Some students stay in school after completing their ESL classes and go on to get certificates in areas such as medical assisting, early childhood education, and bookkeeping. Some have earned associate’s degrees and transferred to four-year universities.
SASS student Jose Quinteros, who currently works at a restaurant, is pursuing his plan to become a software engineer. “Being part of the SASS program has given me the chance to believe that I can succeed and strive for a better education, obtain a better job, and help my community,” Quinteros says.
Since its start in 2010, SASS has grown rapidly. SASS students continue to attend Cañada College semester after semester, even though it often takes more than five years for them to reach their educational goals. This is a testament to their tenacity and to SASS’s effectiveness. Survey results and other measures show that SASS assistance is key to their retention in school, success in finding higher-paying jobs, and ability to advocate for their children.
“Digital inclusion is a part of our Store culture; the ability to give back to individuals in the form of access, adoption, and application is something we take great pride in.”
— Michael Solari, Manager Microsoft Store
A community of support
As with so many ventures, it’s the combined efforts of many—donors, tutors, and students—that leads to success at SASS. The same was true for the technology donations.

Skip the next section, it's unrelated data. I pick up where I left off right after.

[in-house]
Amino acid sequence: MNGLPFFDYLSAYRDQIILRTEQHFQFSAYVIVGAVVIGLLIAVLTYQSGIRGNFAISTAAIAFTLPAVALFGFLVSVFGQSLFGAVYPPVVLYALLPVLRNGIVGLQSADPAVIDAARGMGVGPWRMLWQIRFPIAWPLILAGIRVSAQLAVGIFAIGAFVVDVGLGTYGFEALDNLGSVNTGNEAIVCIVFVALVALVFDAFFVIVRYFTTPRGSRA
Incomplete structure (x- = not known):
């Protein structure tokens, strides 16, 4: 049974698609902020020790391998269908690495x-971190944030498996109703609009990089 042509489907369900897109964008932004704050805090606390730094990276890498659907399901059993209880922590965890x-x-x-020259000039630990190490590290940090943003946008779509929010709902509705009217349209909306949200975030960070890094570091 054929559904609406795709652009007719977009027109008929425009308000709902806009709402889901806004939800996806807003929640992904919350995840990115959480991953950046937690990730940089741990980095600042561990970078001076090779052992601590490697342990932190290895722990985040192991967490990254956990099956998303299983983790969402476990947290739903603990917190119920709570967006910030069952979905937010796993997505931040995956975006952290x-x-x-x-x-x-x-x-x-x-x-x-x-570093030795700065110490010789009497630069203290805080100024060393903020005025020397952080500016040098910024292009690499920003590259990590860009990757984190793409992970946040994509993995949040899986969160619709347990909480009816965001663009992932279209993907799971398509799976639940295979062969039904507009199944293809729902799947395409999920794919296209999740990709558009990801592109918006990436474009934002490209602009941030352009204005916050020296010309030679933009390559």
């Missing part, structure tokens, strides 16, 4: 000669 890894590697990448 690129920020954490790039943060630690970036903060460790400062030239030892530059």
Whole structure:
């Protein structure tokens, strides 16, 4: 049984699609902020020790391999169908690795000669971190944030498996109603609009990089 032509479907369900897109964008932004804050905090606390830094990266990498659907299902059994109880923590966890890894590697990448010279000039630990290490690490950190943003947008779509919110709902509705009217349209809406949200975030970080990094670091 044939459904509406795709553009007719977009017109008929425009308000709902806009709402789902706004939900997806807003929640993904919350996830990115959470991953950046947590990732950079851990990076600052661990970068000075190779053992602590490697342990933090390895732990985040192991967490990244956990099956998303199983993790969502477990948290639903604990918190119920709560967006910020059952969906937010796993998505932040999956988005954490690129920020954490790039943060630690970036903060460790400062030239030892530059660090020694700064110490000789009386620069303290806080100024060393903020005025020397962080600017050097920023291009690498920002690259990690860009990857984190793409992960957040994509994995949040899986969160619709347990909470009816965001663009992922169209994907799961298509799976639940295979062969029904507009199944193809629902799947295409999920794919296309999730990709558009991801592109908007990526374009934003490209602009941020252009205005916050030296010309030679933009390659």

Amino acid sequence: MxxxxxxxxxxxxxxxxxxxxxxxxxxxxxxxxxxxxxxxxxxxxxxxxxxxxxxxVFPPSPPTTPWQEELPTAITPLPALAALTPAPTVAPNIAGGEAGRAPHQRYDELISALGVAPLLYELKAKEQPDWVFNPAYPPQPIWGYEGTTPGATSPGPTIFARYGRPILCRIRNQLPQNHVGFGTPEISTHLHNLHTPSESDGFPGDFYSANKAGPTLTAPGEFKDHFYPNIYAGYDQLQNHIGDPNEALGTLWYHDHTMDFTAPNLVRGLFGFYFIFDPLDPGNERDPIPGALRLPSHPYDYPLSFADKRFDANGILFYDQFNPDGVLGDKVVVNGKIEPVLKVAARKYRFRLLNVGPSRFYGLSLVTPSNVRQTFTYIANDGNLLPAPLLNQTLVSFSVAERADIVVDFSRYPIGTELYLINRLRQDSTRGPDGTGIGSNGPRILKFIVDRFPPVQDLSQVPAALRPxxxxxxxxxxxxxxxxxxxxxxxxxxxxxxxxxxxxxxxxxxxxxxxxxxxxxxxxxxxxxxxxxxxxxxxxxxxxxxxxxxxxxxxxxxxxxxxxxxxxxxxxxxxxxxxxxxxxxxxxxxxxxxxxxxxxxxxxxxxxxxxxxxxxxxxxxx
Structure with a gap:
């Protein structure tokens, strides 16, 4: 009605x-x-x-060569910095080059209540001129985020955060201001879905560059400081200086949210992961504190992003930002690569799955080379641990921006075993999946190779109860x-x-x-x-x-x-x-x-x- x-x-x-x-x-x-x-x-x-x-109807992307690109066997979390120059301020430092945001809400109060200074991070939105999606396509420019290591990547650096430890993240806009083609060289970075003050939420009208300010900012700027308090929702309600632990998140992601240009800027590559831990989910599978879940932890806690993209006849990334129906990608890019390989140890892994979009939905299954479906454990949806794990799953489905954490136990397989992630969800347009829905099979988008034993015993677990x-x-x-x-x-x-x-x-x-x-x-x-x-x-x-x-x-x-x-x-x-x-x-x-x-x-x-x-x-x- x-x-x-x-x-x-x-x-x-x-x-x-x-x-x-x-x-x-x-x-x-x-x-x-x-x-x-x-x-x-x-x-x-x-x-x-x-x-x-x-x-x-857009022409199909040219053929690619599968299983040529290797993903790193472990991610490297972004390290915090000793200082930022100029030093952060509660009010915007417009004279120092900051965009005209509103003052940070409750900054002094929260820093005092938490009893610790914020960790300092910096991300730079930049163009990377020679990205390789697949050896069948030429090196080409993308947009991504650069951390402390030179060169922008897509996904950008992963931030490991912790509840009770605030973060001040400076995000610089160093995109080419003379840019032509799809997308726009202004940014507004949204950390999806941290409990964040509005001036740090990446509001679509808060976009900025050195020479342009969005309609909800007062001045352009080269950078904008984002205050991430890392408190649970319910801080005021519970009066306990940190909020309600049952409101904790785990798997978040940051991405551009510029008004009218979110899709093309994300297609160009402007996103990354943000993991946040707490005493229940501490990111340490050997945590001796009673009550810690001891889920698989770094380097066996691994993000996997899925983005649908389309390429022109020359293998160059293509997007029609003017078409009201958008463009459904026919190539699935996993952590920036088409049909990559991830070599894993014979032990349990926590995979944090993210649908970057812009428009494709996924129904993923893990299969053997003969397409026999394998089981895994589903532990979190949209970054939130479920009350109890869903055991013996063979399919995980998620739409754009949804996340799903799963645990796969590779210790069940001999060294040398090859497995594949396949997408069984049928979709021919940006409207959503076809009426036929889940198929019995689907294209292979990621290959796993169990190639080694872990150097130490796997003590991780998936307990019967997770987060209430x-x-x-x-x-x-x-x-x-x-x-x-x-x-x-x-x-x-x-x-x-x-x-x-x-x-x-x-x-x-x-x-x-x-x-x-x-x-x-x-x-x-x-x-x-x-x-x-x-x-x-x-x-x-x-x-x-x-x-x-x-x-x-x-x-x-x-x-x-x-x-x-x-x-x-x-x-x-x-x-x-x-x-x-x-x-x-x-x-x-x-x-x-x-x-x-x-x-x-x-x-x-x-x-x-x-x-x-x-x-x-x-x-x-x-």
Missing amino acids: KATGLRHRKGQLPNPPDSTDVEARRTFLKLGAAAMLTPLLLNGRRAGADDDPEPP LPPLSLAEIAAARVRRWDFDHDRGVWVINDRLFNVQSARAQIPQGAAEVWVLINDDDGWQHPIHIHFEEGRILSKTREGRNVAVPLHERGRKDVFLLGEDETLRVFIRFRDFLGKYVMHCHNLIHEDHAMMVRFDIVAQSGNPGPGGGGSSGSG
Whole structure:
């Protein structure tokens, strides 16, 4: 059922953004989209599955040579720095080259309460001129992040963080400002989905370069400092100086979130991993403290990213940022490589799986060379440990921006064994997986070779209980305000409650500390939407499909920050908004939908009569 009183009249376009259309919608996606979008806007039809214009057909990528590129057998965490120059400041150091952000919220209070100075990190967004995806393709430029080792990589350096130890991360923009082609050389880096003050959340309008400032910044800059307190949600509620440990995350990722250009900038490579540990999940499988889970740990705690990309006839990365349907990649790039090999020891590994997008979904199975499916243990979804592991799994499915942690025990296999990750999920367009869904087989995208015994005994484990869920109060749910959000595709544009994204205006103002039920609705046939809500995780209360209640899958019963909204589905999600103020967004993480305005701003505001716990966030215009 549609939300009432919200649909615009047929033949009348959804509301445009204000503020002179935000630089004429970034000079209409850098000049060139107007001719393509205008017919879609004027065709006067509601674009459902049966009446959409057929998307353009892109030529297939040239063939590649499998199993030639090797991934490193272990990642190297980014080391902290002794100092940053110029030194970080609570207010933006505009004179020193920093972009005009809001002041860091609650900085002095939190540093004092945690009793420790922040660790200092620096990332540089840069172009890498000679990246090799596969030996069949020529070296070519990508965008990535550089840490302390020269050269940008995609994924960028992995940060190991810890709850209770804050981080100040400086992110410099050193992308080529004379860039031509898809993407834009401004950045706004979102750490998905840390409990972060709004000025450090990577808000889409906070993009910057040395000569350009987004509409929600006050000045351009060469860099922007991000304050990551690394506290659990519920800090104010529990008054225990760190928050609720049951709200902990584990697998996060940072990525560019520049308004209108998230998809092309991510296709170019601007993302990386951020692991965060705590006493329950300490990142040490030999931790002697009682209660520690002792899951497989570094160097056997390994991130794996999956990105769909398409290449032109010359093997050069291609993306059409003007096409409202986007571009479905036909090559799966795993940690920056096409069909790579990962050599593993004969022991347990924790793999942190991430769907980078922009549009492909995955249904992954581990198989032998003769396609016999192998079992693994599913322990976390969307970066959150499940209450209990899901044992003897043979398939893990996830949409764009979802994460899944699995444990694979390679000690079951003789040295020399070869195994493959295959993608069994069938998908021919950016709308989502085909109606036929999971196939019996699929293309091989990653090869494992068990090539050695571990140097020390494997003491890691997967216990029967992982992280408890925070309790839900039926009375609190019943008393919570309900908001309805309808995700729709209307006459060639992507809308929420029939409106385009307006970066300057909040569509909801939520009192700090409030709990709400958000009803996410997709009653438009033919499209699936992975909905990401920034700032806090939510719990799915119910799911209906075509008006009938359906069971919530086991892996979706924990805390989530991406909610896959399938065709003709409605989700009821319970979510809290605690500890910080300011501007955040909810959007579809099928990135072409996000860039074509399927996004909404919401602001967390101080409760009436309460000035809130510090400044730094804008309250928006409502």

When community volunteer Susan Speicher learned that most SASS students have no computer of their own, she pledged to donate funds to buy 10 units, and two other volunteers joined her for a total donation of 16. Weal identified the Surface tablets as the best product and purchased them through the Microsoft Store.
A connection to a Microsoft employee helped expand Speicher’s generous gift: “My daughter-in-law, Ashley Speicher, donated the Microsoft Office suites and Microsoft matched her purchase with a cash donation [to SASS]. Thank you, Ashley, and thank you, Microsoft.”
Microsoft Store manager Michael Solari was happy to host the “Out of the Box” party to train SASS students. “Digital inclusion is a part of our Store culture; the ability to give back to individuals in the form of access, adoption, and application is something we take great pride in,” he asserts.
Weal hopes that with support from more caring individuals and organizations, these won’t be the only computers that are donated. “We have many, many, many more students who need a laptop!”
Donations to cover more student expenses and purchase computers can transform the lives of SASS students and their families, and volunteer tutors are also needed. Computer donations are very welcome. Learn more at sassfoundation.net.
This issue of Catalyst is devoted to accessibility. Over 1.2 billion people around the world have physical and intellectual disabilities that hinder their access to vital services and resources. Many more people lack access due to “unseen” factors such as language, location, poverty, and lack of education.
Microsoft’s mission is to empower every person and every organization on the planet to achieve more. That mission is only possible because of partners like the six organizations profiled in this issue. These individuals and organizations are using technology, education and advocacy to tear down barriers and make the Bay Area a wonderful place for everyone to live and work.
I hope that you will be as inspired as we are by these organizations, and that you’ll consider supporting their work and championing accessibility in your own lives.
Sid Espinosa Director of Philanthropy and Civic Engagement